Emma Hale Smith

(1804-1879)

A photograph of Emma Smith. She wears a thin white scarf with a flower brooch underneath a dark blouse and a light-colored, patterned shawl. Her hair appears to be brought back into a bun. She has age lines around her mouth and wears a neutral expression.
Photo Credit: Church History Library
A painted portrait of Emma Smith. She wears a black dress with a white collar portion. She wears a white and yellow shawl over her shoulders. Her hair is black and has several long, tight curls that fall from her temples.
Artist: Lee Greene Richards
Photo Credit: Church History Museum

D&C 25; 132:51-56

By Susan Easton Black

To the Prophet Joseph Smith, his wife Emma was, “My beloved Emma—she that was my wife, even the wife of my youth, and the choice of my heart . . . undaunted, firm, and unwavering—unchangeable, affectionate Emma!”1 Joseph’s letters to her speak of love: “I would gladly go from here to you barefoot and bareheaded, and half naked, to see you and think it great pleasure.”2

To Latter-day Saints around the world, Emma is the most famous woman in the Church. She was the first to know that Joseph received the gold plates from the angel Moroni. She was the only woman to serve as a scribe for the Book of Mormon translation. Of her role as scribe Emma said,

My belief is that the Book of Mormon is of divine authenticity—I have not the slightest doubt of it. I am satisfied that no man could have dictated the writing of the manuscript unless he was inspired; for, when acting as his scribe [he] would dictate to me hour after hour; and when returning after meals, or after interruptions, he could at once begin where he had left off, without either seeing the manuscript or having any portion of it read to him. This was an unusual thing for him to do. It would have been improbable that a learned man could do this; and, for one so ignorant and unlearned as he was[,] it was simply impossible.3

Her testimony of the Book of Mormon and knowledge of the prophetic calling of Joseph led to her baptism on June 28, 1830 by Oliver Cowdery. A month after entering baptismal waters, the Prophet Joseph received a revelation for Emma in which she was told, “Behold, thy sins are forgiven thee, and thou art an elect lady, whom I have called” (D&C 25:3).

Emma became the mother of eleven children, raising five to adulthood. With two babies in her arms and two children at her skirts, she walked across the frozen Mississippi River to safety in Quincy, Illinois, carrying Joseph Smith’s papers, which included the new translation of the Bible. “No one but God, knows the reflections of my mind and the feelings of my heart when I left our house and home, and almost all of everything that we possessed [in Missouri] except our little children,” wrote Emma to Joseph, a prisoner in Liberty Jail.4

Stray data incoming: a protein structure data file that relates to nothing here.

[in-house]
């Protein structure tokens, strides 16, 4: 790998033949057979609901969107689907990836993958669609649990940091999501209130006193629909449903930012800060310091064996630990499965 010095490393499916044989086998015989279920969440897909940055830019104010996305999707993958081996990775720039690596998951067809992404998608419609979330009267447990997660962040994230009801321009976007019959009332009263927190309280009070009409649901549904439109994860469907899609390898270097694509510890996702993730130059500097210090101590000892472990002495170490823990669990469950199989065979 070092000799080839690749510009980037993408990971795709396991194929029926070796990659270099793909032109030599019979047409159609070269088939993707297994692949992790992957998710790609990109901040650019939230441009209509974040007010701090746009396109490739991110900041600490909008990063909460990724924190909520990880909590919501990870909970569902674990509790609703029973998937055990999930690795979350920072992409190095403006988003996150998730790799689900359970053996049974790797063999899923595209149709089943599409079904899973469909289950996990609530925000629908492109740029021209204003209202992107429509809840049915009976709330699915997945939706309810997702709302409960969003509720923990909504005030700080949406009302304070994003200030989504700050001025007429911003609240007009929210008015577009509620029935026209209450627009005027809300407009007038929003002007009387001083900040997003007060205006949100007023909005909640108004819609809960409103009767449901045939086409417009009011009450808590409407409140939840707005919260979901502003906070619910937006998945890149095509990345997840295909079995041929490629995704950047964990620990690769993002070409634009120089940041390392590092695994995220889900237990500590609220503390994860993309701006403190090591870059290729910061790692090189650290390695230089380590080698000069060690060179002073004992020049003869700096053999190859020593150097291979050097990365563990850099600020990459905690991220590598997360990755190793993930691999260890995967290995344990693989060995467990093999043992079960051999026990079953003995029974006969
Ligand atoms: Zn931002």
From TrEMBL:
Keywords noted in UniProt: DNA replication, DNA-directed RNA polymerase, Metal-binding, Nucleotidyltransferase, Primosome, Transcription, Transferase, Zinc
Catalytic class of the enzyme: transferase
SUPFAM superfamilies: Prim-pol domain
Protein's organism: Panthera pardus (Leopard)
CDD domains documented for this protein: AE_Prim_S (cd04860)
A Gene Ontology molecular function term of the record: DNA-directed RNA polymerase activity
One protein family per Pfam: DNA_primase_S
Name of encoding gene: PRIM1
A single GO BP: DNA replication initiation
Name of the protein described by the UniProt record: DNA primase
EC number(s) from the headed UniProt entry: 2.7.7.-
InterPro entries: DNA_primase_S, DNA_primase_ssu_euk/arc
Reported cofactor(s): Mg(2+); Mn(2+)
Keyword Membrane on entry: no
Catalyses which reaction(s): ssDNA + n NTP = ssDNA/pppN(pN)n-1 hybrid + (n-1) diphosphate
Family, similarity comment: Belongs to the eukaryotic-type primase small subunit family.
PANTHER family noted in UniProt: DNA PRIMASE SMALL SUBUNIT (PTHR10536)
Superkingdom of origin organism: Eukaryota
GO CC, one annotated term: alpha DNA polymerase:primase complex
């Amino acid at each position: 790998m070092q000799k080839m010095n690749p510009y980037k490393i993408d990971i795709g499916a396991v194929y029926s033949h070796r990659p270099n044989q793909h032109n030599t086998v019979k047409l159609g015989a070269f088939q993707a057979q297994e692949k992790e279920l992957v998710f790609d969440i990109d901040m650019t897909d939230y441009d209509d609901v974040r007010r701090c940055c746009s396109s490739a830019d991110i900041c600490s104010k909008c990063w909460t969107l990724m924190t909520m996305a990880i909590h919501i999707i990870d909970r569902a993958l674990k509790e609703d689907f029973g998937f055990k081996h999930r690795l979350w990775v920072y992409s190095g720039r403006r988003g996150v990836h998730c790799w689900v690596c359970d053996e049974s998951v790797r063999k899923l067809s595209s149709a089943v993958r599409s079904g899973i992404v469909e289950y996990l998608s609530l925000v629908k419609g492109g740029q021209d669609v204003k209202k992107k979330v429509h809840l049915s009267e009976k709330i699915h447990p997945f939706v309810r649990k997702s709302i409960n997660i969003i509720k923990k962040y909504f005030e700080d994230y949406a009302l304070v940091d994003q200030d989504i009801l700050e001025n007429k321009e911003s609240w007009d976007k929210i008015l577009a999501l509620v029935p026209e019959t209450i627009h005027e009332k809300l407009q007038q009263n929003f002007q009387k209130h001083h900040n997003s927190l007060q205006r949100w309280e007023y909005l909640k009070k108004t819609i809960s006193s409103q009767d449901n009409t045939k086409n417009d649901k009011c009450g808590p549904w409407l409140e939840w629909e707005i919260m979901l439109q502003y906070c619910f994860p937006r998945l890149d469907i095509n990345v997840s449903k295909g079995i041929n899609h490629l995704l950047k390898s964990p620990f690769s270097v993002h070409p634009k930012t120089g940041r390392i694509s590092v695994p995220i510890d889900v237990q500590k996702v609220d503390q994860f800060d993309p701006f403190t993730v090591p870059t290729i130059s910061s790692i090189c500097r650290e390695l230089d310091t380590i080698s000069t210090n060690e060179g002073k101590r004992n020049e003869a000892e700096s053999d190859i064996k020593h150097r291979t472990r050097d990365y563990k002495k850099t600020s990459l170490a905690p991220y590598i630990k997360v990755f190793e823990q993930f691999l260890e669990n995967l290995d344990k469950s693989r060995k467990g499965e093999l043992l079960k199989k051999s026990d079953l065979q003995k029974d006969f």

Emma welcomed the poor and the acclaimed into her home, compiled two hymnbooks, and became president of the Female Relief Society of Nauvoo. Under her able guidance, women of Nauvoo ministered to the needs of the poor. Through their charitable efforts, heavy burdens were lifted and necessities needed to sustain life were freely given.

Emma participated in temple ordinance work, acting as a proxy for her extended family members. She wrote letters in defense of the Prophet Joseph to the governor of Illinois, and traveled about fifty miles to Quincy, Illinois to meet with him. She cared for Lucy Mack Smith in her old age and maintained properties in Nauvoo significant to the life of Joseph Smith. She bore a continuing testimony, even in her seventy-fourth year, of Joseph’s prophetic calling: “I believe he was everything he professed to be.”5 Emma died in April 1879 in Nauvoo at age 74.

1. Reflections and Blessings, 16 and 23 August 1842, p. 164. Joseph Smith Papers.

2. Letter of Joseph Smith to Emma Smith, April 1839. Joseph Smith Papers.

3. “Last Testimony of Sister Emma,” Saints’ Herald 26, no. 19 (October 1, 1879), p. 290.

4. Letter of Emma Smith to Joseph Smith, March 7, 1839, p. 7. Joseph Smith Papers.

5. “Last Testimony of Sister Emma,” p. 290.